What started this whole thing was my discovery of making chicken stock in a pressure cooker. I was really impressed with the quality of the stock — the deepness of color, the richest of taste — and the only ingredients used were chicken (some meat but mostly bones) and water. I still use this method for making stock for us (humans) or to start a big pot of chicken vegetable soup. It makes for a good hearty dinner when you’re pressed for time during the week. Especially during the winter time.
Could you do this with a regular cooking pot? Well, maybe for stock, yes. But here’s where it gets really interesting. It doesn’t matter whether you are cooking chicken or pork or beef — if it’s meat it will retain its shape and texture. In other words, even if you cook the meat for an hour, it still looks tastes feels smells like meat. It doesn’t disintegrate into an undistinguishable mush. However, the bones (while still retaining its shape), become so soft that they will crumble if crushed between your fingers. (Keep this in mind, when you read further down.)
Anyway, when I started reading up on nutrition for dogs, I realized just how many sources there are out there. Some were very useful, some were conflicting. Most of the disagreement seems to stem from whether or not you should feed your dog a raw or a cooked diet. All sources seem to agree that “homemade”, whether raw or cooked, would be much better than store-bought pre-processed food, no matter how good or popular the name brand. I opted for the cooked version because most raw sites keep referring to a “natural wild ” diet. My dogs are not wild. Well, in their minds, they may think they’re wild. But in my mind, they have been domesticated for thousands of years. If they were left in their “wild” state in an urban environment, most dogs would likely scavenge around garbage cans.
So, here are my somewhat-scientifically-backed-up opinions on canine cuisine:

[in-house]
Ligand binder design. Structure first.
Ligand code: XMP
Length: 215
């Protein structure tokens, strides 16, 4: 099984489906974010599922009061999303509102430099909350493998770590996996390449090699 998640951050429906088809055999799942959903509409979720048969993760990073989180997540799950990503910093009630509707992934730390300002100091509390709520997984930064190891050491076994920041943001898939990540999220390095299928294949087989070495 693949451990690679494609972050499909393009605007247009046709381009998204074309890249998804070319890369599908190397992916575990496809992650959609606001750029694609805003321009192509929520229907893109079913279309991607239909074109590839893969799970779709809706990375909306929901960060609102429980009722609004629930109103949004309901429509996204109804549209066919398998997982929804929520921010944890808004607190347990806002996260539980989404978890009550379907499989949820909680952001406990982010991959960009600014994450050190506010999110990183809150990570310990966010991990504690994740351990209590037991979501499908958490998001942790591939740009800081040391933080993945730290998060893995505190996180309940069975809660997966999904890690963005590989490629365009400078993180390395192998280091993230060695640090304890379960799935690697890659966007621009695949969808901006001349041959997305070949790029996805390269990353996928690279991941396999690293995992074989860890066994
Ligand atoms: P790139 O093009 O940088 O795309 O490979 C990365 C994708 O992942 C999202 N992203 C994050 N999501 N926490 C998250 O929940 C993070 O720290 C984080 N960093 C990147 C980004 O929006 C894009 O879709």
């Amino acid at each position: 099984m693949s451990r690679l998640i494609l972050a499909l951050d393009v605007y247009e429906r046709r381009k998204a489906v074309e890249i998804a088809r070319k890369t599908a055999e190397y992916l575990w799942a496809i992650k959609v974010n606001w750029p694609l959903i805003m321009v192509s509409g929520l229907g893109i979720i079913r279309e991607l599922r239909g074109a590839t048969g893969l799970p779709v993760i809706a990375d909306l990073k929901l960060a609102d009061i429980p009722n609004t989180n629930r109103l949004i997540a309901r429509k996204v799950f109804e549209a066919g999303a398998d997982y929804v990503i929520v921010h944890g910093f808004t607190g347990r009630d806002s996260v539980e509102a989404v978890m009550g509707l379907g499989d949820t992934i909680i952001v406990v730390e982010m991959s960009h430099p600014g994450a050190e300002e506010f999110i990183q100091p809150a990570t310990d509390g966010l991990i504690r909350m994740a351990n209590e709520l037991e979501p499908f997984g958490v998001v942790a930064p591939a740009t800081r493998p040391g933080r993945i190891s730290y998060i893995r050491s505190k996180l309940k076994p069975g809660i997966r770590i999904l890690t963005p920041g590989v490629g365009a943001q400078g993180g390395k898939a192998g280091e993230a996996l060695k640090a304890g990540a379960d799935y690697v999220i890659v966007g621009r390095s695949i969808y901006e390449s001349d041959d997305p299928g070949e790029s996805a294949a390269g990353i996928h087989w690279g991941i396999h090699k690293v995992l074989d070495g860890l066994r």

Except for certain no-no items such as chocolate, grapes, raisins, onions, most dog food requirements are identical to human food.They need FRESH food, just like humans do. They need VARIETY, just like humans do. They need BALANCE, just like humans do.
That said, the main differences between dogs and humans are that dogs need more of the protein and less of the vegetables and much much less of the carbohydrates. And, they need much much more calcium than we do.
In terms of proportion, meat and other animal products should constitute at least HALF the diet. I used this ratio: 1/2 meat, 1/3 veggies, 1/6 whole grain and/or rice. Here meat = chicken, pork, fish, beef, lamb, turkey. Although I must confess that I only cook the first four since I don’t like lamb or turkey much. (Remember, when you go shopping for yourself, just pick up extra for your dogs.)
For vegetables, dogs can and should eat most everything. Dark leafy greens are on the top of the list. But here are some others that your pups will like: broccoli, cauliflower, brussels sprouts, bok choy, cabbage, turnips, rutabaga, celery, cucumber, bell peppers, zucchini, summer squashes, carrots, peas, beans. Spinach and swiss chard can be fed in limited amounts. Sweet potatoes are excellent as well.
Some other foods that you might want to incorporate into their diets are organ meat (liver, kidney, heart, green tripe), as well as some dairy products such as eggs and yogurt and cottage cheese. I freeze-dry chicken livers for the girls and add a little bit everyday. Some sources say that liver should constitute 5% or so of their daily diet.
In terms of balance, think of food as a two-week range rather than every meal. As long as you feed a wide variety of different foods, there is no need to make every meal “complete and balanced”. Feed your dog how you would feed yourself. Every now and then, indulge them a little. It’s ok to give them a burger and fries once in a blue moon.